Fifth of a five-part series on Rotterdam’s efforts to become a sustainable and “climate-proof” city.
As part of the European Union (EU), the Netherlands must shoulder its share of the EU’s commitment to cut emissions and thus pledged to reduce its emissions 30 percent by 2020 and 50 percent by 2025. To achieve these goals, Rotterdam, the Netherland’s second largest city, implemented a climate plan in 2007 known as the Rotterdam Climate Initiative (RCI).
With the port of Rotterdam being the city’s largest source of emissions and Europe’s largest seaport, it transships millions of tons of fossil fuels annually and hosts many energy-intensive industries. The Port Authority, however, is officially aligned with the goals of the RCI and states that it intends the port to become Europe’s most sustainable and efficient port.
Although two of the port’s legacy coal-fired power plants (500 MW each) are set to close in 2017, two larger coal plants, totaling 1,870 MW, opened in the port in 2015. These newer plants generate a combined 9.7 million tons of carbon dioxide (CO2) annually, about 50 percent more than the older plants.
The building of new coal plants conflicts with the port’s stated environmental goals. According to its website, the port is committed to reducing its CO2 emissions by 20 percent in 2020, 50 percent in 2030, and 80 percent in 2050. How this will be achieved is not clear.
Most of the emissions reductions were expected to come from an experimental technology known as carbon capture and storage (CCS). Although used to reinject CO2 from Norwegian oil field operations, no large-scale CCS had ever been proven to be technologically and commercially viable for a large coal plant.
The larger of the port’s two new coal plants, Uniper Maastvlatke 3, is a 1,070-MW facility with a CCS unit. Not yet operational, it is only designed to capture, at best, 25 percent of the plant’s CO2 emissions. The other new plant is not CCS ready.
Rotterdam’s Climate Ambitions
Despite the risks of using unproven CCS technology, Rotterdam’s city and port officials allowed the new coal plants to be built on the theory that their emissions would be trapped by CCS and reinjected into depleted oil and gas fields beneath the North Sea. The port’s pledge to steeply reduce emissions and the reality of its rising emissions were sharply at odds.
In the wake of disillusionment over CCS technology, Rotterdam eventually abandoned the RCI’s carbon reduction commitment.
— RenewableEnergyWorld (@REWorld) May 3, 2017
A Call for National Climate Action
To ensure national energy policy cohesion, the port of Rotterdam’s business coalition called on the Netherlands government to accelerate its transition from fossil fuels to renewable energy; create a Minister for Economy, Climate and Energy position; and establish a national investment bank to support energy projects.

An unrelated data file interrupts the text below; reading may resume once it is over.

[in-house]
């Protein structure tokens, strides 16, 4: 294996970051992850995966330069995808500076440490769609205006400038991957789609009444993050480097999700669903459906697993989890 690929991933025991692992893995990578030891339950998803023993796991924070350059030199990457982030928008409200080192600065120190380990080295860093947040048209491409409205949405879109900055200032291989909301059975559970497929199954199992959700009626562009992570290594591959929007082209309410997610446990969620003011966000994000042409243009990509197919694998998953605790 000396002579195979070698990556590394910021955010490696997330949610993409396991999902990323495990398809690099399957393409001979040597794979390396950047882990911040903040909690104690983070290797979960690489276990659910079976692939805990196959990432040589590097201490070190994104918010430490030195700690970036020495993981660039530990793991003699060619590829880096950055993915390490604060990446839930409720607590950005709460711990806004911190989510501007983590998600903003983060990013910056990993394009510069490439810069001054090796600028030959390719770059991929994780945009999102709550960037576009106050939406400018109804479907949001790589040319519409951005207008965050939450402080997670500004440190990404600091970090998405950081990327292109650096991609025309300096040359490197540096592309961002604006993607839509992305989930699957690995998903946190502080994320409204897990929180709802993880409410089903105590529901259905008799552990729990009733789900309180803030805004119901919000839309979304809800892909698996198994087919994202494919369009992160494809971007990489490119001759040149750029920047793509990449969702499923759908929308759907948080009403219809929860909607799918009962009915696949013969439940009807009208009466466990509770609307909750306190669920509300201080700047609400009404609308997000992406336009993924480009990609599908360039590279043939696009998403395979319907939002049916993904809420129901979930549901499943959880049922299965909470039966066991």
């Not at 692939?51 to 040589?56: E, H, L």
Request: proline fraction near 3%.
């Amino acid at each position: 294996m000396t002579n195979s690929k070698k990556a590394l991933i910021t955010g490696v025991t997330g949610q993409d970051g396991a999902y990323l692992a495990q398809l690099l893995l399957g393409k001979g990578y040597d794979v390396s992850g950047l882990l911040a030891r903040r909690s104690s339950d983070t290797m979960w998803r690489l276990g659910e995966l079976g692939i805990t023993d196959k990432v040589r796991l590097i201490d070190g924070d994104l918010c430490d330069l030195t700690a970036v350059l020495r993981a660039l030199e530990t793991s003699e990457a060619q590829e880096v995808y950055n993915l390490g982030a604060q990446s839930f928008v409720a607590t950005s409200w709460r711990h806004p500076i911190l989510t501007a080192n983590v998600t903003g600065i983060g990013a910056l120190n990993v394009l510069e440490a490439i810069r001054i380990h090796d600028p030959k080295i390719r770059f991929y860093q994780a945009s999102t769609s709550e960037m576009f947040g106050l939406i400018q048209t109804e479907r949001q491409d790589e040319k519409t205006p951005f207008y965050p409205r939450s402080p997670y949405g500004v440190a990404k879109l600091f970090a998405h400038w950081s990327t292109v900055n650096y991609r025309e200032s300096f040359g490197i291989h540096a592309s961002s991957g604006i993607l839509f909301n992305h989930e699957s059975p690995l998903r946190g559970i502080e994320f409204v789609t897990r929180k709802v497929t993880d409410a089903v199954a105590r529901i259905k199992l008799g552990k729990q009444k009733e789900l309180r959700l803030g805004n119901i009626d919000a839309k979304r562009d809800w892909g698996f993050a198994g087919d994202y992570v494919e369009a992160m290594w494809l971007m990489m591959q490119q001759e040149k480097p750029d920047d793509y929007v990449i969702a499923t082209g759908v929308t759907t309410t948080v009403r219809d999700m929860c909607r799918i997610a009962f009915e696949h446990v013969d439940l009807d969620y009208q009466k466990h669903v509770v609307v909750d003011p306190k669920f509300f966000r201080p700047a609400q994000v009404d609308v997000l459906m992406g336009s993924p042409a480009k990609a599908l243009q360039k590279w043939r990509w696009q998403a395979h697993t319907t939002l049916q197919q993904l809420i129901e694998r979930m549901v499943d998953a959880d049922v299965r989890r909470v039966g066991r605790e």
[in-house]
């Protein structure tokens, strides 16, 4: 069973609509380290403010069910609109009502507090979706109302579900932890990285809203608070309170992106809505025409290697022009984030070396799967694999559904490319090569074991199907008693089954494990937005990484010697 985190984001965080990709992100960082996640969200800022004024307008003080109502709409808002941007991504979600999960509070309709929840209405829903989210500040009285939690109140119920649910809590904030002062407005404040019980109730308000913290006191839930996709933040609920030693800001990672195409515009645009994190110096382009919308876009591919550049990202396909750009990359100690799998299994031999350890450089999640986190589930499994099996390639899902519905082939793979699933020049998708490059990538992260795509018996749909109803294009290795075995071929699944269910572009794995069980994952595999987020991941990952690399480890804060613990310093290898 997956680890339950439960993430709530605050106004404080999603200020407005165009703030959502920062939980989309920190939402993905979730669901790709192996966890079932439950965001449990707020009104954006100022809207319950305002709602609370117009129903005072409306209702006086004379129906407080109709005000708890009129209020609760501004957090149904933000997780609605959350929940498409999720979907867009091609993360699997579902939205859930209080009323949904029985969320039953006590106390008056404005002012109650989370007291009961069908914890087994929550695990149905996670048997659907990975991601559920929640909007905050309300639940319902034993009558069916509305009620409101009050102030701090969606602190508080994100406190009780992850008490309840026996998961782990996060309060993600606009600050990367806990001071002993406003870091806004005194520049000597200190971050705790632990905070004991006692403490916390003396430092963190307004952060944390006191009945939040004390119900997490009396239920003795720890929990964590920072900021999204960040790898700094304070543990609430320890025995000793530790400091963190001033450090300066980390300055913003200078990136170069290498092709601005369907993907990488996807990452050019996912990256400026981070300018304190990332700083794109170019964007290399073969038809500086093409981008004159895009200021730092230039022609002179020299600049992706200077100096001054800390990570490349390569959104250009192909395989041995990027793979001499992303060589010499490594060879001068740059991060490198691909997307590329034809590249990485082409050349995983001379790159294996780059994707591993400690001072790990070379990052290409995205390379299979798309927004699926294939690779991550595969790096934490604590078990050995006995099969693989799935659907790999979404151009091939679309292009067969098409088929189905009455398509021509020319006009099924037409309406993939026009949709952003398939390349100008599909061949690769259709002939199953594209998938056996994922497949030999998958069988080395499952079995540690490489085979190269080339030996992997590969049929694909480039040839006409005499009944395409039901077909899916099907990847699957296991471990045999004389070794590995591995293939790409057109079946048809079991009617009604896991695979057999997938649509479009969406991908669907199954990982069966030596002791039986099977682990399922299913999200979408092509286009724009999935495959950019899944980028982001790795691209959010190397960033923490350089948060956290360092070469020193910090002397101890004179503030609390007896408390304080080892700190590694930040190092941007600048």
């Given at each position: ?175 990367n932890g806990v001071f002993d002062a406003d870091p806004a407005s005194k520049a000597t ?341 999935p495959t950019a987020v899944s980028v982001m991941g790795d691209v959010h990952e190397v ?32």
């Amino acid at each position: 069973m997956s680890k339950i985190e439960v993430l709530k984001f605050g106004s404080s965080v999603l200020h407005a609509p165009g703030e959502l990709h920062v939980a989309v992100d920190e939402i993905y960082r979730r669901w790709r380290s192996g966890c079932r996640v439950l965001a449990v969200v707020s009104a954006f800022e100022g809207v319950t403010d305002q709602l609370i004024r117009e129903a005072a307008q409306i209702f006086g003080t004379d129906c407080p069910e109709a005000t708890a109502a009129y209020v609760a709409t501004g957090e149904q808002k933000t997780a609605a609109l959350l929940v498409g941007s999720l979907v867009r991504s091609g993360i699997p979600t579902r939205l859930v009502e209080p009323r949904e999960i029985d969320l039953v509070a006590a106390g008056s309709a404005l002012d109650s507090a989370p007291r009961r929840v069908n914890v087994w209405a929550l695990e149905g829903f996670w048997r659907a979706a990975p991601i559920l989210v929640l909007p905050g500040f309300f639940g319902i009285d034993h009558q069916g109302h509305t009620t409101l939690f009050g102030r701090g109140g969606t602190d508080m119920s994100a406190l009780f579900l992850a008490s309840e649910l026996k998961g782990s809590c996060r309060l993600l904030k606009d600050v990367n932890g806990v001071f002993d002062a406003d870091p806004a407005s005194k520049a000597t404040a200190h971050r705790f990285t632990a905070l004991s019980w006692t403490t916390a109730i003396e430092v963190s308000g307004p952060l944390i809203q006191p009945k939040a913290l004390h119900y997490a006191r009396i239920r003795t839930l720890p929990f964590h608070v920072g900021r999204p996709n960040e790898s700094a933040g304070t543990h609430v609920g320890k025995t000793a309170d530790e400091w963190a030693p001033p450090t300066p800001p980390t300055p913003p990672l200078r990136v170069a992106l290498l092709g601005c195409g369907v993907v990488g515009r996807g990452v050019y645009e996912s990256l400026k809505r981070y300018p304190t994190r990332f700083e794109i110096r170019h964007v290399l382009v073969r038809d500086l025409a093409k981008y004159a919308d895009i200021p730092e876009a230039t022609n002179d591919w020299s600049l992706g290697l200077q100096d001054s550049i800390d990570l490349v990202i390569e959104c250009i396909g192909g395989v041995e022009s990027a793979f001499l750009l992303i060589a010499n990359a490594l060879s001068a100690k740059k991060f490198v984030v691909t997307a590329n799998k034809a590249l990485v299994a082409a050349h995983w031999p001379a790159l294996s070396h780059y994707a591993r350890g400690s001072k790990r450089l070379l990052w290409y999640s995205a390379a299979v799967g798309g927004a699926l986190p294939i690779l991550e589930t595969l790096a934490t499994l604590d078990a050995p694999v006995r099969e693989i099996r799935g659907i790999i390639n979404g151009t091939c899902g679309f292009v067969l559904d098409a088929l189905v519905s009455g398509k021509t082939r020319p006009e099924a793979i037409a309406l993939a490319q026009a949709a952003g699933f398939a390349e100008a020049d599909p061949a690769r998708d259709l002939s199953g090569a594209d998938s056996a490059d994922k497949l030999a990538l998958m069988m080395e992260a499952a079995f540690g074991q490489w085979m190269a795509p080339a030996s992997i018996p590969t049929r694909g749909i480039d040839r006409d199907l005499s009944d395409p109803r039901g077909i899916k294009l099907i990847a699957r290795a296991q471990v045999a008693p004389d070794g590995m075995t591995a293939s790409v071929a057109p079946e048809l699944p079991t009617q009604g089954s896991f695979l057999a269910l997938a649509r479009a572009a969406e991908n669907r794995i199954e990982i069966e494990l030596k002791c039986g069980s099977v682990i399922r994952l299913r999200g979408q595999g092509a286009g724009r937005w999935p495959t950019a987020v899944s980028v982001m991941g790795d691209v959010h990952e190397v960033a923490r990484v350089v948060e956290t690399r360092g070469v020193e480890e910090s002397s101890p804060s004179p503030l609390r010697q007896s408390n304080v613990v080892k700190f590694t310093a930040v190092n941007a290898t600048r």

The unprecedented demand for more effective climate action comes as the Netherlands lags behind other European nations. The nation depends on fossil fuels for approximately 94 percent of its energy, with Rotterdam being one of the largest sources of CO2 in Europe. Although the port is a huge contributor to the city’s economy, its industries produce nearly 90 percent of Rotterdam’s CO2 emissions.
Major Challenges Ahead
Curtailing the port’s emissions would be challenging enough were the port not also growing. However, with the port nearing capacity, the Port Authority is currently developing a new nearly €3 billion (US$3.3 billion) deep water harbor and industrial area called Maasvlakte 2. For companies wanting to operate there, the port established environmental requirements related to air quality, noise, energy efficiency, reuse of waste heat and materials, and use of cleaner inland transport.
To reduce the emissions of barges and vehicles operating in the port complex, the port built a liquefied natural gas (LNG) terminal where LNG is gasified with the help of waste heat from the new Uniper Maastvlatke 3 power plant. The port also planned to increase its wind power capacity to 300 MW and encouraged biofuels companies to move to the port.
However, despite its efforts, the port merely held its CO2 emissions constant from 2005 to 2012 and made little progress in ramping up renewable energy production. Since 2012, though, the port’s wind capacity has increased significantly, and the port is planning to provide 14 percent of its power from renewable sources by 2030.
The challenges facing the Port of Rotterdam illustrate the difficulties that large industrial areas face when trying to reduce emissions while also engaging in major energy-intensive growth and expansion.